The -commerce giant's announcement comes on the heels of other retailers offering similar education benefits to workers.
Amazon has announced that it will cover 100 percent of college tuition for its 750,000 hourly employees in America. The e-commerce giant made the announcement after rival retailers including Target and Walmart offered similar education benefits to workers. Big businesses have been forced to offer better pay and benefits due to acute worker shortages. Amazon said the education benefits offered will include college tuition, fees, and textbooks for hourly employees and will start from January 2022, reported NBC News. The benefits will be available to hourly workers in the company's operations network, including warehouses and distribution centers, after 90 days of employment.
NEW: Amazon to pay full college tuition for its 750,000 front-line employees as part of $1.2 billion investment in education and skills training for its U.S. workforce by 2025.— Mark Cavitt (@MarkCavitt) September 9, 2021
In addition, Amazon will also fund high school completion, GEDs, and ESL proficiency certifications. pic.twitter.com/4Urg6mqUau
Amazon said the offer will apply to education institutions across the country and cover high school diploma programs, GEDs, and English as a second language certification courses for employees. The retailer had initially offered to pay 95 percent of tuition for hourly associates through its career choice program but has now announced it'll cover 100 percent. Retailers are enticing workers back to work with better pay and benefits to make fight the worker shortage. In some parts of America, Amazon is also offering sign-on bonuses for new employees worth up to $3,000.
Walmart announced in July that it would cover 100 percent of college tuition and books costs for associates of Walmart and Sam’s Club. Following this, Target responded in August, announcing a program to cover the cost of associate and undergraduate degrees at select schools. Amazon has now responded with education benefits to lure workers to the company.
Paid college for hourly employees after working at the company for 90 days feels like the trend we need to reduce crushing college debt and increase equity in higher education. On the surface Amazon appears to have gotten this one right.— Ben Berkowitz (@benberkowitz) September 10, 2021
Amazon CFO Brian Olsavsky said the competitive labor market was leading to higher costs. “We’re spending a lot of money on signing and incentives, and while we have very good staffing levels, it’s not without a cost,” said Olsavsky. “It’s a very competitive labor market out there.” Amazon's business has boomed during the pandemic and has been hiring prolifically, bringing onboard 500,000 employees in 2020 alone. Amazon is paying up to $17 an hour in many places. In May, Amazon announced that it was hiring 750,000 workers for its warehouse and delivery network in the U.S. and Canada.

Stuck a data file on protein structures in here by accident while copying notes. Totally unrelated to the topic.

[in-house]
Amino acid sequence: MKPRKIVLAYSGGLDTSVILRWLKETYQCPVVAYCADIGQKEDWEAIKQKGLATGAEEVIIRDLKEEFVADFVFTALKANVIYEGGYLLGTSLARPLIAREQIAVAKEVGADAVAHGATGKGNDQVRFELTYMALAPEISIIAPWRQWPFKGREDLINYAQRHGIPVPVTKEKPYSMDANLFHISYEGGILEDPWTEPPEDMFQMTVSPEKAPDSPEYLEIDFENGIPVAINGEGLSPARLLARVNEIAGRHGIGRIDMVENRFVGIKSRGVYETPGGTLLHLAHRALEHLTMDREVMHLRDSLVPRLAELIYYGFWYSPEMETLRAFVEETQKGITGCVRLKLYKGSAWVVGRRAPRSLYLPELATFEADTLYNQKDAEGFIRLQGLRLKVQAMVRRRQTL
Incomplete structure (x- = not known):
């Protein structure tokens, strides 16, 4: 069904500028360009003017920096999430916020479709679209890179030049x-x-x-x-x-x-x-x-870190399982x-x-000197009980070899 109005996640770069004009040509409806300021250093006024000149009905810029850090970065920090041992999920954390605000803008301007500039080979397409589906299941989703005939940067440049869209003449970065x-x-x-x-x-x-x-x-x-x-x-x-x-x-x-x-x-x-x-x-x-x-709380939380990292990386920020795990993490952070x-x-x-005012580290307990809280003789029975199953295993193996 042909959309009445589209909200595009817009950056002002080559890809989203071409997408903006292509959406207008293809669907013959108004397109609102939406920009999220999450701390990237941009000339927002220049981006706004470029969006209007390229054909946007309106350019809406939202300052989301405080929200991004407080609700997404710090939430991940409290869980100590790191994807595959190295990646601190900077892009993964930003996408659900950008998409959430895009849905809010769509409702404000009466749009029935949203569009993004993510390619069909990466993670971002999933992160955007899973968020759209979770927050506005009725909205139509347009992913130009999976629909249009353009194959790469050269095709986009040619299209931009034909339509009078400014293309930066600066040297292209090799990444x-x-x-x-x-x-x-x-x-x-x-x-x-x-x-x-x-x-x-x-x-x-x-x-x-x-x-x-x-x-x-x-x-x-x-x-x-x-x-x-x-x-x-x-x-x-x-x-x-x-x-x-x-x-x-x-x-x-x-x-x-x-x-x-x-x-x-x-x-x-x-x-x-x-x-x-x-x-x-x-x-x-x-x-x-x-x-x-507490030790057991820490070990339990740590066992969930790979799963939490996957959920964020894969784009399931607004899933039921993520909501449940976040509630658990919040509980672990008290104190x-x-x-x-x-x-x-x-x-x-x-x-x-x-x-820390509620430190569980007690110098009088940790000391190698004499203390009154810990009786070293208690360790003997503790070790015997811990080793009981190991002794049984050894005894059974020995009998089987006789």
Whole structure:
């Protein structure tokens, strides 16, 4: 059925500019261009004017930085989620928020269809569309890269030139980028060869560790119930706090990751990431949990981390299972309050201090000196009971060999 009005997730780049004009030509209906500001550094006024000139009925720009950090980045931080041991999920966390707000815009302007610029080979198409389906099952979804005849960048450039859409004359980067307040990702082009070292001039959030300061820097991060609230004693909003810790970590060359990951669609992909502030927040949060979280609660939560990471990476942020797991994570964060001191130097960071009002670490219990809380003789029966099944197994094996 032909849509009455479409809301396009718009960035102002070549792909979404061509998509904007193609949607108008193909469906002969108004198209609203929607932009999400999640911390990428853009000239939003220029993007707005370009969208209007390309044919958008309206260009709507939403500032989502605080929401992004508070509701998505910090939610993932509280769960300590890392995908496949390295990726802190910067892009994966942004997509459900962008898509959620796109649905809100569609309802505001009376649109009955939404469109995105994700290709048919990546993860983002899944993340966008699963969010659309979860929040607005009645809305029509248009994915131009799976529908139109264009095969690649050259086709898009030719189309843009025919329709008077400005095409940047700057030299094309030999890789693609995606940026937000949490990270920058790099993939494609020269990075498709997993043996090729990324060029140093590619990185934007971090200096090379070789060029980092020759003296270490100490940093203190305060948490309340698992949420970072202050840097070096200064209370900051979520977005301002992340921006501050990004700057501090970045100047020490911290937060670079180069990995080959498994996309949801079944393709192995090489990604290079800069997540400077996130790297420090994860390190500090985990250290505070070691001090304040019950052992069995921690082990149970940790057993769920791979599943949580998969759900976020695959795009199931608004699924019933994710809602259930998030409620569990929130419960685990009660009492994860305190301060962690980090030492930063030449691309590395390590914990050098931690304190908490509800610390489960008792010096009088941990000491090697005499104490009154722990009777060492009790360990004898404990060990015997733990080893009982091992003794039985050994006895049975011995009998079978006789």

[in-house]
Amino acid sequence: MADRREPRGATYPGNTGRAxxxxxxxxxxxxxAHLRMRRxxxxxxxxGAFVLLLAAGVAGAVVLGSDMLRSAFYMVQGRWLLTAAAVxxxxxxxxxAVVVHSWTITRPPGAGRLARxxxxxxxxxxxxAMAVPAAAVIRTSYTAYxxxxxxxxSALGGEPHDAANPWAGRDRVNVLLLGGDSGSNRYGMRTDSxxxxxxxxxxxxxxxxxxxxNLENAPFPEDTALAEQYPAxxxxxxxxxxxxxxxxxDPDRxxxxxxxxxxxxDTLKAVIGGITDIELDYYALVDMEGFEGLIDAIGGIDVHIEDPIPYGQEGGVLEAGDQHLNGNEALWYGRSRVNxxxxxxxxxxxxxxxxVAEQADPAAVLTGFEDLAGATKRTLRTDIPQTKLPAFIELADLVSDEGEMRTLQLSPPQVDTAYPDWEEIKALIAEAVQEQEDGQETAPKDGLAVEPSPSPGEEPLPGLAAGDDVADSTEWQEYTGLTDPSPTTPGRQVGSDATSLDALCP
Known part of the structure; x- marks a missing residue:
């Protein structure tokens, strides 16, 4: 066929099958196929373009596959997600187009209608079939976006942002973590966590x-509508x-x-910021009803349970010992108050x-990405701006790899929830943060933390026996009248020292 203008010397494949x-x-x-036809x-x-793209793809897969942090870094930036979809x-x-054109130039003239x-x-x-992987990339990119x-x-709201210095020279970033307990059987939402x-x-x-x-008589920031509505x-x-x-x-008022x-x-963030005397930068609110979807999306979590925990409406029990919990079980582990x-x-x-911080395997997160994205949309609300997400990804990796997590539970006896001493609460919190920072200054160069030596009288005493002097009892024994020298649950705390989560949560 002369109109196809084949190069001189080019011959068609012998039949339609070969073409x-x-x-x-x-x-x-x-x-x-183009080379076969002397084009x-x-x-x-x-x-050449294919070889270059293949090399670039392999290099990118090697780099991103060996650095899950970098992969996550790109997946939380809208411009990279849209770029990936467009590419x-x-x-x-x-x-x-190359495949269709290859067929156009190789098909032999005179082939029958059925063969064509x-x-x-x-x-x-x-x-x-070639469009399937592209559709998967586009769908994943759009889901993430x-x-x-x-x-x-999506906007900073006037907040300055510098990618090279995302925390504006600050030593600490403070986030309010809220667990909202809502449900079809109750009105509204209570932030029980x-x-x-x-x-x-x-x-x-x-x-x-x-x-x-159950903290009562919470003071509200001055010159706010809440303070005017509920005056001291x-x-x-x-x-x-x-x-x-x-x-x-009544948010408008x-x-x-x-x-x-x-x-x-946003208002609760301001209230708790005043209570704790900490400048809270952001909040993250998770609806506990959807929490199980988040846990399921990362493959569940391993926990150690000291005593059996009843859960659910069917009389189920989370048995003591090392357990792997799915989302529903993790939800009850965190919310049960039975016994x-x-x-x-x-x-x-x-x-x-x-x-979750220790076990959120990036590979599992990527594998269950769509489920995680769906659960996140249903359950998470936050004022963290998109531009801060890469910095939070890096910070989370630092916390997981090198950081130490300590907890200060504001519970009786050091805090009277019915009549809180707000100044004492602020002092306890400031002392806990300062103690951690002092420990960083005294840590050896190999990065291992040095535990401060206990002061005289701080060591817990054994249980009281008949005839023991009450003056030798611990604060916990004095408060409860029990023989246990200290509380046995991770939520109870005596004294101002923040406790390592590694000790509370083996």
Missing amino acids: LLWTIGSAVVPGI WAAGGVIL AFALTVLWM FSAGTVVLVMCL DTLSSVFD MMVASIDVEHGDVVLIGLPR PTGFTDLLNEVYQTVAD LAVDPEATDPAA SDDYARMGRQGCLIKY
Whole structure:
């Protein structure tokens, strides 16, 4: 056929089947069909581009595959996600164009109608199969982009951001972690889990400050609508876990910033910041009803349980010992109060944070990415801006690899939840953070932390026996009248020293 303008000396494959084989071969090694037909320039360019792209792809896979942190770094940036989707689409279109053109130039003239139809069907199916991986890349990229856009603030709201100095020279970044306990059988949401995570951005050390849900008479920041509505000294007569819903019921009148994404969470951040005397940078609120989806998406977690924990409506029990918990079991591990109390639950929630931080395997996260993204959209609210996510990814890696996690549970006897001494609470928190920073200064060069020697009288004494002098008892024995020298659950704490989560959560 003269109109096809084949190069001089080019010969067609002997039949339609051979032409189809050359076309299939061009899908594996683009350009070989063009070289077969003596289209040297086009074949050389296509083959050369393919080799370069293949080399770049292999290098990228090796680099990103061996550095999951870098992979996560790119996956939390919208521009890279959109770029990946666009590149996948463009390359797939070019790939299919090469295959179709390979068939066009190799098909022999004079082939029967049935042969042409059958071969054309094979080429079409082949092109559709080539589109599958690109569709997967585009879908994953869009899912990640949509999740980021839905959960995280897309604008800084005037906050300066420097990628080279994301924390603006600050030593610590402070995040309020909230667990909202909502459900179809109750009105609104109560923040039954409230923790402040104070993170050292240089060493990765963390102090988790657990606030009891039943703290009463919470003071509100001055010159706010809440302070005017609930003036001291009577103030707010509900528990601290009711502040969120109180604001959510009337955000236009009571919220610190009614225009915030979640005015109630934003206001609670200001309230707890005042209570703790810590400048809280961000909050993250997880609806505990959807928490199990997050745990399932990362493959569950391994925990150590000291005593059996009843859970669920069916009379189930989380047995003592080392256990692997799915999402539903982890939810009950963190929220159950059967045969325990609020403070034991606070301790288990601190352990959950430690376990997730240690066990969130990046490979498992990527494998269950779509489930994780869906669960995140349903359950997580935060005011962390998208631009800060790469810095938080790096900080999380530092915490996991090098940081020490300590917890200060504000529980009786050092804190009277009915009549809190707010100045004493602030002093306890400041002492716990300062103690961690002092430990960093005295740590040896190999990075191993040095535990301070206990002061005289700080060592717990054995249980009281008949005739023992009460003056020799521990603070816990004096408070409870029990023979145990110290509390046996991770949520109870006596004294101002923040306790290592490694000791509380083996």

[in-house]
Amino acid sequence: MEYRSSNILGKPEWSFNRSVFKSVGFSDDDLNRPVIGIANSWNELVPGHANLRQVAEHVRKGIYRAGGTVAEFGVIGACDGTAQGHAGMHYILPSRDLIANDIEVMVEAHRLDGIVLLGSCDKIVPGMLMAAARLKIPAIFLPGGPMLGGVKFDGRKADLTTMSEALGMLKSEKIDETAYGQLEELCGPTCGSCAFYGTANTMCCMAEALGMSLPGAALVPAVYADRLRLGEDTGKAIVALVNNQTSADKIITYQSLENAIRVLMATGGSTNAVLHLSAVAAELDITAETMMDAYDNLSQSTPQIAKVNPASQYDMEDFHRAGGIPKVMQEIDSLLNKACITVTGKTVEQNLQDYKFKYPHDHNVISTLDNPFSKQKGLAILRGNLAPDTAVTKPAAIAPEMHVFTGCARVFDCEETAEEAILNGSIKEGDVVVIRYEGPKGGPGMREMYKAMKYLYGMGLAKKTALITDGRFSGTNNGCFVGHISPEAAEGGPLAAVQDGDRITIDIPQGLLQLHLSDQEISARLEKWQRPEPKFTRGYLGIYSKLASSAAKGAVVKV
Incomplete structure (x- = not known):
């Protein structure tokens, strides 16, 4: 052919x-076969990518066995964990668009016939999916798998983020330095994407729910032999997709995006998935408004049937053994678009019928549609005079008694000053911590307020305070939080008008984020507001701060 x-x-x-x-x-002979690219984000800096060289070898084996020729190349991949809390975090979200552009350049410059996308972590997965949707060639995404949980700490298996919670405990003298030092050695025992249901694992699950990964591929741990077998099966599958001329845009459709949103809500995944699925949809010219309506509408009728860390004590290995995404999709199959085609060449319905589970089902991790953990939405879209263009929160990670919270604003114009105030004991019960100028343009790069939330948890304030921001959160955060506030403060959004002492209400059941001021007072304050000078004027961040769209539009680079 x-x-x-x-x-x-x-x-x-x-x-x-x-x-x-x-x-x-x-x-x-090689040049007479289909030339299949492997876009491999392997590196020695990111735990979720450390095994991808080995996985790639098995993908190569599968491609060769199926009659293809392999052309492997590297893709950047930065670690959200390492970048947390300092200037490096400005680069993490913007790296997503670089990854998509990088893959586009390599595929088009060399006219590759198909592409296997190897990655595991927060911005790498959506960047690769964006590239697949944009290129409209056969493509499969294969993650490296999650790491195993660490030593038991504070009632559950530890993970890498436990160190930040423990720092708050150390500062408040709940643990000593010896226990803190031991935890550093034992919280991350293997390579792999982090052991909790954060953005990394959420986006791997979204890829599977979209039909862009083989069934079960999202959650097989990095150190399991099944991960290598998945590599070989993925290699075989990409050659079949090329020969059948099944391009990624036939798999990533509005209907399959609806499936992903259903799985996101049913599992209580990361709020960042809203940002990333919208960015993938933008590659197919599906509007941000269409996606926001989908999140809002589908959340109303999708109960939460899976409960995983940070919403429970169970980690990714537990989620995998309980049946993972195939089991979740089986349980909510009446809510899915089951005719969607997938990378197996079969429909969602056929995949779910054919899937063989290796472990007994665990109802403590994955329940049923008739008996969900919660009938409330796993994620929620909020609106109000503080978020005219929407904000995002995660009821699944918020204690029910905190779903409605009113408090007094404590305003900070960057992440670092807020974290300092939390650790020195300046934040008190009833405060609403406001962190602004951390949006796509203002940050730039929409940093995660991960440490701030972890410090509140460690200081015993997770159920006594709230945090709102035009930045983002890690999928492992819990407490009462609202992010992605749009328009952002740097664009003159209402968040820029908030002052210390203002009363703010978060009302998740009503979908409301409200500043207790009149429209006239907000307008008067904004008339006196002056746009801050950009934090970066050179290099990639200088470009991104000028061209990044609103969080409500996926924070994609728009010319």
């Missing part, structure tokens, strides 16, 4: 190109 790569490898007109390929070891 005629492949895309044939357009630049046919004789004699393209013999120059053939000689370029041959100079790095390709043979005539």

Many workers were apprehensive about returning to work when businesses reopened earlier this year. They appear workers to have weighed in the option of being underpaid and risking catching the virus against sitting in the safety of their home and receiving benefit expansions. Some employees, who are parents, didn't have anywhere to drop off their children with schools closed earlier this year. The labor shortage combined with a sharp rise in customers has put businesses in a fix, leaving many with no option other than increase their wages to meet the rising customer demand.
See what happens when employers have a hard time finding workers.....? They can afford to pay you. pic.twitter.com/1dHIr9VV3I— Derenic Byrd (@DerenicByrd) May 16, 2021
Many big companies in retail and service industries increased their hourly wages. As we reported, The likes of McDonald’s, Sheetz, Chipotle, Amazon, Walmart, and Costco raised their wages to $15 an hour or even higher. This has sparked a debate online with many stating that it highlighted that businesses could always afford to raise the wages and offer benefits to workers, but chose not to. Workers' hourly wages haven't kept up with inflation leading to today's employees having less purchasing power than their previous generations. This widened the income inequality gap in the country. The federal minimum wage in America hasn't risen for more than 10 years and according to The Center for Economic and Policy Research (CEPR), if the minimum wage did rise in step with productivity growth since 1968, it would be over $24 an hour today.